I noticed that when his shoulder was hurting before the surgery my son would overcompensate in ways that also caused him pain and discomfort in other parts of his body.
It makes sense, really.

When you exclude the one deep tissue massage that I got from a male, Russian masseuse named Anatoly, nearly all of the professional massages that I have received in my life have been pleasurable. But despite all of my desires to remain comfortable during a massage there is always a little pain involved if they are done well. Knots, adhesions and other assorted ickiness can make muscles sore and massage enables blood to flow through them properly and to heal.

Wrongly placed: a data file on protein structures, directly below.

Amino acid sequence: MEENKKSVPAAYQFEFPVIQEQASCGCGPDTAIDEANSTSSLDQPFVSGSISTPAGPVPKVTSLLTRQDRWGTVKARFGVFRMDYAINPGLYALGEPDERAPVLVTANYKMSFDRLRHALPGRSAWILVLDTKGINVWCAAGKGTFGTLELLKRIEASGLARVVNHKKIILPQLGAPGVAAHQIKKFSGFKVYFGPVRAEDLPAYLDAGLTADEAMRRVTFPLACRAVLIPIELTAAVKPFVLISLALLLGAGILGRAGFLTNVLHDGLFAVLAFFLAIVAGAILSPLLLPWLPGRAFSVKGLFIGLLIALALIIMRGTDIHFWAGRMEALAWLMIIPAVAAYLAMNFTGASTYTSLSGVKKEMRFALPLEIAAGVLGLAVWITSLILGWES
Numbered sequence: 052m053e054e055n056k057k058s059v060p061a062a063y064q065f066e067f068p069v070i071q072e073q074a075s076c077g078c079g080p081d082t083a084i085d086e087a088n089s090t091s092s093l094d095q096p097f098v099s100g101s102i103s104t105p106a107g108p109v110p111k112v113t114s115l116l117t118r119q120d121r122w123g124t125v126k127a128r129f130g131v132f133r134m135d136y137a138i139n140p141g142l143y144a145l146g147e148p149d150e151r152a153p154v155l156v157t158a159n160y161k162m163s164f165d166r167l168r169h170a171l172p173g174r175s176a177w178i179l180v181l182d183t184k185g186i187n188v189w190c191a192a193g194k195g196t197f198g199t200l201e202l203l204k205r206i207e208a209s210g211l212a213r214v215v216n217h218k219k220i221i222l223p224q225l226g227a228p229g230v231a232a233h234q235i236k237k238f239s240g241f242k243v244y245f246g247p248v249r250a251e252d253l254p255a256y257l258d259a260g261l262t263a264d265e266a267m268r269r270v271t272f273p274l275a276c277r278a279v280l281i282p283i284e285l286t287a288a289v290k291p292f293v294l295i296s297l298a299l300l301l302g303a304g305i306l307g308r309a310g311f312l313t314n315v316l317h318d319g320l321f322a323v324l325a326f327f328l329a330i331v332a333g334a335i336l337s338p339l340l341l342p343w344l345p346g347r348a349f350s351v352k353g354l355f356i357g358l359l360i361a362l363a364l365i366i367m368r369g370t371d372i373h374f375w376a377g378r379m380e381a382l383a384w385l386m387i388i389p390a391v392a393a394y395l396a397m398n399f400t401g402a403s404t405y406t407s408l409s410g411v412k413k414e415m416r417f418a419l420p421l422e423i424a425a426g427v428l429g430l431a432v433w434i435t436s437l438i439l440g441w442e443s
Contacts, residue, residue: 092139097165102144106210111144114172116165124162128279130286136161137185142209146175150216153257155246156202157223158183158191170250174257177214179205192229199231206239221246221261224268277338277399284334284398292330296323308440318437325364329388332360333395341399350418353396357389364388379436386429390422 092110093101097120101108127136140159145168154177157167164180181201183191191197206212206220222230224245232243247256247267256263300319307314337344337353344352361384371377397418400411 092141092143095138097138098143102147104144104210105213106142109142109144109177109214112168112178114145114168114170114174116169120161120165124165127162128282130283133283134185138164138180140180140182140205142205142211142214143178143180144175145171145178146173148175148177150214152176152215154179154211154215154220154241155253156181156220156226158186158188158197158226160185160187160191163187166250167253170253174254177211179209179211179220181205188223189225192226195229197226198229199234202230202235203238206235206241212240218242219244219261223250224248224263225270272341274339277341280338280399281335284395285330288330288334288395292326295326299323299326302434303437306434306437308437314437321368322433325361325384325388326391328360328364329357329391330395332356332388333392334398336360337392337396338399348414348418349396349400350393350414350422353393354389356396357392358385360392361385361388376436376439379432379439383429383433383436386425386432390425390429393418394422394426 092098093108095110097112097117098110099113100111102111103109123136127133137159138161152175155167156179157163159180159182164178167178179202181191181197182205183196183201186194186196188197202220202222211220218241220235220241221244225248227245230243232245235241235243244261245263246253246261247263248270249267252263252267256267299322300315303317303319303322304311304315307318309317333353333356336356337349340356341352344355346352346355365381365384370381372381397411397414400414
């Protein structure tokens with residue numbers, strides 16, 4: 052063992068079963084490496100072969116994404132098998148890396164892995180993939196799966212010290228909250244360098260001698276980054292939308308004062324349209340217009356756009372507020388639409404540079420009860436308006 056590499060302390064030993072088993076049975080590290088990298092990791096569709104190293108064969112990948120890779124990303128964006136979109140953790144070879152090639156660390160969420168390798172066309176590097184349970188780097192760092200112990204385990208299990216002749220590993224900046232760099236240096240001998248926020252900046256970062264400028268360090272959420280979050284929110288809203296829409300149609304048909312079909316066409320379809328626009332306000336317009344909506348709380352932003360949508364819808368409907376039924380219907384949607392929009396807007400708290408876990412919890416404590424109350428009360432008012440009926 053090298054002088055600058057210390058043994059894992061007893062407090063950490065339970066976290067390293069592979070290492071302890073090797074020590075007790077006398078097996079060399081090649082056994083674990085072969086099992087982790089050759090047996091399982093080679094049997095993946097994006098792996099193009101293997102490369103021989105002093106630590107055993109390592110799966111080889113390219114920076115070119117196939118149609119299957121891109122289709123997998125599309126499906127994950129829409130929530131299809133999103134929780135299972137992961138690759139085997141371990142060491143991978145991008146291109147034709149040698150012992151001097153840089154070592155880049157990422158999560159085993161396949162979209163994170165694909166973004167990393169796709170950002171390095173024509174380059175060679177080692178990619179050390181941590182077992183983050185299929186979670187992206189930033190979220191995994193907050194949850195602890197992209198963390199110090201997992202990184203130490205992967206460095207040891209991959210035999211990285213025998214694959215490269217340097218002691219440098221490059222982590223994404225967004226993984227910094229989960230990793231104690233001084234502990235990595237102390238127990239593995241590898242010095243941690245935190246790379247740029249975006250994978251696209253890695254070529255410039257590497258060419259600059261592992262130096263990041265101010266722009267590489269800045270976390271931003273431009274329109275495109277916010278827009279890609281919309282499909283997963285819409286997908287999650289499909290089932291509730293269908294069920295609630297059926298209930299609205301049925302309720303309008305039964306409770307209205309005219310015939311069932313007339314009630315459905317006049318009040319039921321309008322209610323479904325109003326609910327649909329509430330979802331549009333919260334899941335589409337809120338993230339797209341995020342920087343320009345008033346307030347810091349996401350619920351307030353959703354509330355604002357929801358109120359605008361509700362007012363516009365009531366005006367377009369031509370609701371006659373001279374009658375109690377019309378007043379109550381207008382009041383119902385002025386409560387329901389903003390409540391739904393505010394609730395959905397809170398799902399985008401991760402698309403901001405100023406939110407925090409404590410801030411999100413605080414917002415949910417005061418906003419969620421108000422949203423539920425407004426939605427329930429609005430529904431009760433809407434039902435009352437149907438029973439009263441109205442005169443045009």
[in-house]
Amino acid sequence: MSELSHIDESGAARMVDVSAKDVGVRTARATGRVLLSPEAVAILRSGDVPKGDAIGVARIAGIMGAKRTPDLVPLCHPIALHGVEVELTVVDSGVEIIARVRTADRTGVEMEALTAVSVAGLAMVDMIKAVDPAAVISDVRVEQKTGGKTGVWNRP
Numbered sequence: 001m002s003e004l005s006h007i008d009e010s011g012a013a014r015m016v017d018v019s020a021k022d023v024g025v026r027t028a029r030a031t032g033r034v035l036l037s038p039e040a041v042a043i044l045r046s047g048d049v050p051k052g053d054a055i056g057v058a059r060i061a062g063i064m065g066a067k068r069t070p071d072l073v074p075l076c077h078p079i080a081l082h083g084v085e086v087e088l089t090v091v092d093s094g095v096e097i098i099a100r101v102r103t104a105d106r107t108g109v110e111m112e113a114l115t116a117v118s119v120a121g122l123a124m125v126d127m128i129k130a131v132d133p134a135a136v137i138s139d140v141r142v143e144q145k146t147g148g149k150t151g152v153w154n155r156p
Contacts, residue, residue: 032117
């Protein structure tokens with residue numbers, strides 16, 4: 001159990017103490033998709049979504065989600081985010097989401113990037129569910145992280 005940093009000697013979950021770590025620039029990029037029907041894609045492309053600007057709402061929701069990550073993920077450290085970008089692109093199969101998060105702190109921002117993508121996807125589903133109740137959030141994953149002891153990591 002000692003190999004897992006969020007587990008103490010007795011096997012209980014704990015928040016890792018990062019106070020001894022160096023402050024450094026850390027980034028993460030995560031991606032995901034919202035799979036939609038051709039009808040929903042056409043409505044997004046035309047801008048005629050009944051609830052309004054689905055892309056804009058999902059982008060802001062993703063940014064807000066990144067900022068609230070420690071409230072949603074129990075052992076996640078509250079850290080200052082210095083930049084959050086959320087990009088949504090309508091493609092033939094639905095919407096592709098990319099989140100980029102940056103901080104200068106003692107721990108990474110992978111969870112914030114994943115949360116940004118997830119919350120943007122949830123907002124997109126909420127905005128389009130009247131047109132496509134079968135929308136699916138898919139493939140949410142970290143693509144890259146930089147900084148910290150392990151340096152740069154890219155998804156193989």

I also know that when I am sore or knotted up in one area of my body, the rest of me suffers for it. And when I say the rest of me, I mean my mind, body and my spirit.

It's rather idiotic to not be aware of the damage that can be done by disunity in the Church. When one aspect of the Body is wounded or angry, it affects us all.

And the way to healing might be painful and might cost us something.

Like our need for revenge.

Our desire to be right all of the time.

Our pride.

Paul uses this cool word in his letter to the Ephesian Christians: aletheuo. It's usually translated "speaking the truth in love." But it literally means, "truthing in love."

Truthing. I love that. It turns truth into a verb-ish.

We need to be truthing people, who act out of love and not out of our own self-interest.

And we need to be reminded time and again that when we are doing our best to be truthing, loving people and to "put up with" our fellow Christians---they are more than likely "putting up" with us.